ChildFair State Young Leader Papa writes about the Inquiry's findings on education, in light of the pandemic


Something which I have noticed throughout the pandemic, and coming out of it, is how integral education is to the well-being of young people across the UK, something that, arguably, has been taken for granted by many.

At the ‘peak’ of the Covid-19 pandemic or, at least, the first peak, I was in Year Nine before the lives of many drastically changed and the entire country was plunged into lockdown. Having begun my GCSE courses, it is needless to say that I, and many other young people, were in a position to understand the disruption the crisis had caused. I also had the opportunity to participate in some interviews, workshops and research regarding certain aspects of the welfare state with other young people. Much of what stuck with me most was what was said about education; the fact that the pandemic had only just hit a system which like many, was unprepared to deal with it allowed, in my opinion, for a greater scrutiny and awareness of what school had meant back when things were normal.

Something that shone prominently throughout many of the workshops hosted was the belief many young people held of the education system feeling that there were significant failings within it. Some felt that school did not teach students that the world is not as black and white as it may seem, potentially allowing for many young people to fall through the cracks created by false perceptions of life outside of school. Others noted that strengths of school are not the strengths of the real world, following a trend which saw the education system presented as something which does not adequately set up young people for making the transition from leaving a community you have been a part of for eighteen years into the real world. Class was also said to have an underlying influence on, and a cause of, the significant disparities in terms of quality of education in the UK.

It was not only the failure of the education system to bridge the gap between school-life and wider society which was discussed, however. There was a strong feeling among those who attended the ChildFair State workshops of disillusionment with the system, many feeling that it did not have the students' best interests at heart. For example, it was suggested that education should include empowering those who suffer from mental illness, yet it was acknowledged that there are inadequacies in how those who have mental illnesses were treated. A proposed solution to this was having an education system which is ultimately run by educated young people, for young people themselves as they will likely have their best interests at heart, somebody making the important point that “The needs of everyone is the most important thing”.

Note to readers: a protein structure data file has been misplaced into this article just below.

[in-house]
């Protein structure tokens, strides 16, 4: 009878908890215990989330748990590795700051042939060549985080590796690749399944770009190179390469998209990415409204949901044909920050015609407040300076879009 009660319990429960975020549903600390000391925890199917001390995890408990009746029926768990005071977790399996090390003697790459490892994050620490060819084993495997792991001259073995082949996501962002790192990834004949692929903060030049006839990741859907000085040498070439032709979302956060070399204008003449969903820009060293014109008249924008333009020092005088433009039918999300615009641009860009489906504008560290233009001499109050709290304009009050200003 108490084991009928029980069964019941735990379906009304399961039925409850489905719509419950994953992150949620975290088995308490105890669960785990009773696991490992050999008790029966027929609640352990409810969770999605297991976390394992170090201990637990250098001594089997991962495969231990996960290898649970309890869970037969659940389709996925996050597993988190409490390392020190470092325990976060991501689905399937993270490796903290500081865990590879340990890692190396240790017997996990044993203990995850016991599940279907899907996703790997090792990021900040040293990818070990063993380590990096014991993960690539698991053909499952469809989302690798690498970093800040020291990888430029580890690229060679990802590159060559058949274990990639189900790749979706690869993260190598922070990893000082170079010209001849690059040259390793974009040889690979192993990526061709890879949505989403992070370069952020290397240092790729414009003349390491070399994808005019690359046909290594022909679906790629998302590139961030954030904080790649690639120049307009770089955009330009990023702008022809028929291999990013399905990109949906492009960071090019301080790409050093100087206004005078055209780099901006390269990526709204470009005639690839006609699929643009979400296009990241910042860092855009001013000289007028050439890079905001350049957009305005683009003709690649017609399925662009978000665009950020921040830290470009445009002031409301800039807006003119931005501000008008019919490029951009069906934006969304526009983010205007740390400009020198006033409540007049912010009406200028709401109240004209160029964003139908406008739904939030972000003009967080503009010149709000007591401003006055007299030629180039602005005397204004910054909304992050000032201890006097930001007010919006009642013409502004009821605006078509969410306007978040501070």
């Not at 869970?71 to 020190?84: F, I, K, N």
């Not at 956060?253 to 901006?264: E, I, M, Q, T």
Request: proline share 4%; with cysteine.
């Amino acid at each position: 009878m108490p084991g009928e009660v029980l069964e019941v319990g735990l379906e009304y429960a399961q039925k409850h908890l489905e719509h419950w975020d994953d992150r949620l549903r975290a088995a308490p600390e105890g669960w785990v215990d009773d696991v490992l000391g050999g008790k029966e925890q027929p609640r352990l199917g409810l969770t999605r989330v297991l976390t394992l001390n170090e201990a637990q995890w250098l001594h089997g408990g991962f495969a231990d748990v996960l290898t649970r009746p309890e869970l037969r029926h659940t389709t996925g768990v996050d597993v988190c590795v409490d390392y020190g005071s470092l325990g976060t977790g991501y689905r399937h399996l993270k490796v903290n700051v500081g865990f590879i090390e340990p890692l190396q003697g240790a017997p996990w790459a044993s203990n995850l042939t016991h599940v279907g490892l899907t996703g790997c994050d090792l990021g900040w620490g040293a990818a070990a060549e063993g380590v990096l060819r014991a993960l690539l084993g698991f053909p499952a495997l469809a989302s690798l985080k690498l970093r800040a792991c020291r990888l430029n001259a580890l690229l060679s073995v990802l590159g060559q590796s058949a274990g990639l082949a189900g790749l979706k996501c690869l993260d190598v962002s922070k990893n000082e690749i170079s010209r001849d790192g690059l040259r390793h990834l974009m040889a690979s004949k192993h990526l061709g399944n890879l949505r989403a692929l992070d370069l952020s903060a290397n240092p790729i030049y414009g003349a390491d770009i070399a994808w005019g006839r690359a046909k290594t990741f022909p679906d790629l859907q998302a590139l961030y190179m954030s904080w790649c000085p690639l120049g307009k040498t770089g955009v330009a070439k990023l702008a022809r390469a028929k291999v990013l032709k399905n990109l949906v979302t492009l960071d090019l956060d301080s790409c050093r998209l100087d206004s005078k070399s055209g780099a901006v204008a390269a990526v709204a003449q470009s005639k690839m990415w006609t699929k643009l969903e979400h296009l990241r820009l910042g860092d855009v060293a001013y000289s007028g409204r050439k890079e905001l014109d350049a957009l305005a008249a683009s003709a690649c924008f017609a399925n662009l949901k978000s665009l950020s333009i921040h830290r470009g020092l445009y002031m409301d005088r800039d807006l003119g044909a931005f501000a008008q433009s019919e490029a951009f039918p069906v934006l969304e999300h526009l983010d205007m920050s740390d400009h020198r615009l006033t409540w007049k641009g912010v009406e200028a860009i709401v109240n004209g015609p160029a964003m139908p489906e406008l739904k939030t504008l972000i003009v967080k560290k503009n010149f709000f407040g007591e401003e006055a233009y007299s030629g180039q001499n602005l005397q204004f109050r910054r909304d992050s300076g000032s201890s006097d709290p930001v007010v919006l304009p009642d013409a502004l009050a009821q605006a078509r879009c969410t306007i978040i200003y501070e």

Fast forward to now, and we’re all beginning to ease out of the pandemic and the restrictions that came with it. However, the messages and views expressed by those in the workshops have not suddenly lost their importance over close to two years now. There was a furore over the decision to grade GCSEs with an algorithm which took into account the performances of the school during the past three years, which tended to benefit students of smaller private schools far more than those of larger schools simply because of results they themselves had played no part in. The concerns of there being a significant divide between different classes in education exposed themselves through this and furthermore, an exam-centric focus, which had excluded teachers and students alike from truly understanding whatever was being done in regards to grading, seemed to further deepen the rift between the education system and young people themselves. All of this simply presented the education system as something that was out of touch with the real needs and desires of young people in the country.

Now being in Year Eleven, I’m likely to be among the first set of fifteen to sixteen year olds to actually take the GCSE exams since the pandemic began. Transparency and communication regarding them between teachers and students still isn’t the best it could be, with information related to the exams only having been sent round recently and there still being a lack of trust that the plan in place now will still be fully stuck to come May. To be brutally honest, I can’t say that, given the opportunity to change the education system however I wished, it would differ much from the proposals of all those we had workshops with back in 2020. There clearly are deep-rooted issues in the education system that can only be fully rooted out once the needs of the student are put at the forefront of the system: after all, it is predominantly young people who are an indispensable part of education. Only then can there truly be an education system, in the words of those we spoke to, “perpetuating a more welcoming environment at school,” where young people are actually happy to learn.

 

Papa, 15